When I tell people that it is possible to use conflicts in a relationship to get closer, I am often met with a raised eyebrow of doubt. After all, we’ve learned that conflict is painful and damaging haven’t we? Conflict represents a problem, a rift or a mismatch in how we want to live, doesn’t it?
As I suggested in my previous article (Handling Conflict), it is not conflict itself that is harmful but rather how we handle it. Conflict is inevitable and to be welcomed. It shows we are different and is the source of our attraction. The ideal way to handle a conflict is a collaborative approach which might involve learning new approaches other than my habitual default of avoiding or fighting.
In a collaborative approach we seek to work together on the problem. Our intention is to find a solution that works for both of us and meets as many needs as possible – mine and yours. This might sound naïve and unrealistic – and I would agree if our only experience to draw on is the competitive approach to life most of our brought up on. Yet, although this gets a lot of attention, it is not the dominant way people live together. We are fundamentally social, co-operative creatures.
In our most important relationships I really believe we owe it to each other to try to develop ways that work. Isn’t our intimate relationship the place we can risk being a little naïve and experiment with seemingly unrealistic approaches.
Here are some ideas about how you might approach this.
Don’t settle for compromise
There is a common belief that successful relationships require a lot of compromise. Compromise means both parties gaining something and giving up something else. It is an exchange whereby we balance individual gain and cost so that the outcome is fair and balanced. Compromise is about giving up on the ideal solution and lowering our standards. We don’t need to try too hard to solve the problem.
I know we can do better.
Relationships, at their best, are not places of balanced exchange but involve seeking to find a flow of energy – a togetherness as well as a separateness. They are a coming together for our mutual benefit and not a marketplace.
Find what is most important
We are all driven and enlivened by our needs. We all share the same human needs and it is the place that represents our shared humanity beyond all matters of taste, preferences and opinions. In any conflict we have two sets of needs we are trying to meet – mine and yours. What are they? Put them on the table and then shift perspective to see we are trying to meet not my needs and your needs – but our needs. In fact I cannot meet my needs at your expense as we are connected. Your needs are my needs, and mine are yours.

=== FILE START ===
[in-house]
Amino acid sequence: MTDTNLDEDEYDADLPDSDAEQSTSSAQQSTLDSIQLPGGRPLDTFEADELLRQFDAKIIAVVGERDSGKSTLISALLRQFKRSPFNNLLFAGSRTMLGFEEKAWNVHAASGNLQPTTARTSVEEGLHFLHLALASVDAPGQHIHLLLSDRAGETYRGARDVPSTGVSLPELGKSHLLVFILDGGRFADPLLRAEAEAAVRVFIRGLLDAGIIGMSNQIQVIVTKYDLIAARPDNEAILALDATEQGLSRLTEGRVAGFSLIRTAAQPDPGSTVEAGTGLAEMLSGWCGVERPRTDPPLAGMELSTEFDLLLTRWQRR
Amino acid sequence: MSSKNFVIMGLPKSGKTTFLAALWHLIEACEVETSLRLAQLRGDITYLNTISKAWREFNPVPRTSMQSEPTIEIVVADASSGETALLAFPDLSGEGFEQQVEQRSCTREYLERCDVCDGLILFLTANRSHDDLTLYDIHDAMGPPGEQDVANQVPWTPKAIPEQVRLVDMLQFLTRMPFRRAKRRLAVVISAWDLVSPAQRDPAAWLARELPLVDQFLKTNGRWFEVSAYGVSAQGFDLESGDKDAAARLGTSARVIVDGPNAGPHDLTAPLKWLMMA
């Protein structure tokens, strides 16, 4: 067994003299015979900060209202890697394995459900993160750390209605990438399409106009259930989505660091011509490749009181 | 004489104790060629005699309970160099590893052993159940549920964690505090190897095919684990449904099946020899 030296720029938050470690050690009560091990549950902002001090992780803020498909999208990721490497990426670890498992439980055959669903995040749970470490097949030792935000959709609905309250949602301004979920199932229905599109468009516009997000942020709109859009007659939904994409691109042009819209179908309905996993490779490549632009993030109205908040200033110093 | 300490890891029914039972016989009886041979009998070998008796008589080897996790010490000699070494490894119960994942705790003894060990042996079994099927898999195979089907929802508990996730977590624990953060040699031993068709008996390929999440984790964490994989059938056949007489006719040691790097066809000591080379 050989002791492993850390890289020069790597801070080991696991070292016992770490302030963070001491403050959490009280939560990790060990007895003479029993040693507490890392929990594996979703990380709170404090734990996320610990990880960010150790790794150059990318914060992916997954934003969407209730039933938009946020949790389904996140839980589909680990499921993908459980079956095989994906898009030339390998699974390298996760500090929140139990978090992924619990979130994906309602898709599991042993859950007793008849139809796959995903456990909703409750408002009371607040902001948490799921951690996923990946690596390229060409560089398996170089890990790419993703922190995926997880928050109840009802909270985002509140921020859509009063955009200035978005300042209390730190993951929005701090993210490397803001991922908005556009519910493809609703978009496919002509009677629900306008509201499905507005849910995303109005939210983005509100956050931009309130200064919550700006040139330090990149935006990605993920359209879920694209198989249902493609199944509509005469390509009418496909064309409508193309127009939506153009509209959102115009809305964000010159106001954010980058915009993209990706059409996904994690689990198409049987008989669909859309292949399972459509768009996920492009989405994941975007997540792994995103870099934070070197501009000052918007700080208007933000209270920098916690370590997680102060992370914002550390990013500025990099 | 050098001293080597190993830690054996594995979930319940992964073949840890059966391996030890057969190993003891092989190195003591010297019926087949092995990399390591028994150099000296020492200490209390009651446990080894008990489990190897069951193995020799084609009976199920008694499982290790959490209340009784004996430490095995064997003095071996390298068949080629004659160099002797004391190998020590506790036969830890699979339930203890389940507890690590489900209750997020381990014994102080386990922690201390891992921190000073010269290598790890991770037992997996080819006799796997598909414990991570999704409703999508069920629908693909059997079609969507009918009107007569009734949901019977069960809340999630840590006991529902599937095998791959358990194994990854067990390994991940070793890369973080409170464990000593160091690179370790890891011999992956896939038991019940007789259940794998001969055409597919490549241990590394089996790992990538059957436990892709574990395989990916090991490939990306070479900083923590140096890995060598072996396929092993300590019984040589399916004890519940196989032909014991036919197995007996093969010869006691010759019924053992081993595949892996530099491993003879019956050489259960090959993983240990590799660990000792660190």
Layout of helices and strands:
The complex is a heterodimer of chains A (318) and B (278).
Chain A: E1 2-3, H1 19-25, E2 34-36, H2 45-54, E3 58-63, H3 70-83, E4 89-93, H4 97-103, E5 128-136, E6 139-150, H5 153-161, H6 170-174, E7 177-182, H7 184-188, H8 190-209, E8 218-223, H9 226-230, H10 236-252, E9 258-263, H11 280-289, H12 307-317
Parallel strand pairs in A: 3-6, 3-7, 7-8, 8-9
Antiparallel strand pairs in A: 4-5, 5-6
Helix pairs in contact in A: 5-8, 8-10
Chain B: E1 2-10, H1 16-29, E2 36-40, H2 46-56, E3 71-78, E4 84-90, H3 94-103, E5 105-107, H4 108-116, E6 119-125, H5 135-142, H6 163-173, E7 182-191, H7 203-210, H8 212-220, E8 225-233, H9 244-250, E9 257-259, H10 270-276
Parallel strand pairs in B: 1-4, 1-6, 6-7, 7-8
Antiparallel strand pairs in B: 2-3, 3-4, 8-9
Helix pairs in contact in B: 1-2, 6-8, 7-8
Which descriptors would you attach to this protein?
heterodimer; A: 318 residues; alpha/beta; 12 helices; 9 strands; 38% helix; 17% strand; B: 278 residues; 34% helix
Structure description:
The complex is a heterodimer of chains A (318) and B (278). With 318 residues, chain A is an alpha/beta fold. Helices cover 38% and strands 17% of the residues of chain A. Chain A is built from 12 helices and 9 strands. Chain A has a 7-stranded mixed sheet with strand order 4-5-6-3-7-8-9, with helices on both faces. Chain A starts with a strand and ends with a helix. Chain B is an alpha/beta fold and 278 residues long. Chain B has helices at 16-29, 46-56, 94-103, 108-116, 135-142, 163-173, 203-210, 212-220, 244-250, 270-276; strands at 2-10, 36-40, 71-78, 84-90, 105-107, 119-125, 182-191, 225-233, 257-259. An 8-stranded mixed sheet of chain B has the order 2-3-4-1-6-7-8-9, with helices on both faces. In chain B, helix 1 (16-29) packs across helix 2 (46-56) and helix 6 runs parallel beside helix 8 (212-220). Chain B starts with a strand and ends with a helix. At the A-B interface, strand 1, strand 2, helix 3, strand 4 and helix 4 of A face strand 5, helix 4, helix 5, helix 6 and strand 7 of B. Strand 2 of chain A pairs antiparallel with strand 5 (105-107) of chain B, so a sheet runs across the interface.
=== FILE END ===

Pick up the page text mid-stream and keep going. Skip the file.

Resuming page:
Aim to satisfy as many needs as you can
Our primary goal should be to satisfy as many of these needs as possible. Every need can be met in a huge variety of ways so the only limit to our solution is found at the boundaries of our creativity. When we keep this aim at the forefront of our working through the conflict then we are constantly striving to find better and better ways to solve it. We are learning about ourselves and each-other. This process can be a deeply connecting one.
Put aside ego
Easy to say but hard to do as our ego tends to come up unexpectedly. It is our ego that wants to win, be seen as powerful or to withdraw for fear of losing the other. Our ego keeps count of which needs are mine and how many are we meeting. It is our ego that keeps track of past agreements and experiences and reminds us of what I gave up last time. Ego is about me and not about you.
Putting ego aside means stepping out of ‘me’ and into ‘we’ and ‘us’.
If the topic is important then it’s worth taking time to explore the ground between us and use our creativity to come up with solutions. If it takes time, then so be it. Creativity requires a pressure free space.
If the topic is not important then why fight about it in the first place.
I have this idea that if we all had a baseline of high levels of gratitude and expressing appreciation then life would be so much more enjoyable and harmonious. Relationships are one place we can easily establish this baseline so that we are often and deeply connecting to what we are grateful for and expressing that appreciation. When we do this, conflicts are so much easier to navigate because we have trust and a general sense of well-being. Conflicts are then mere ripples on the surface and rarely have the possibility to go deep.
I invite you to explore this topic with your partner. How can we better approach conflict in our life?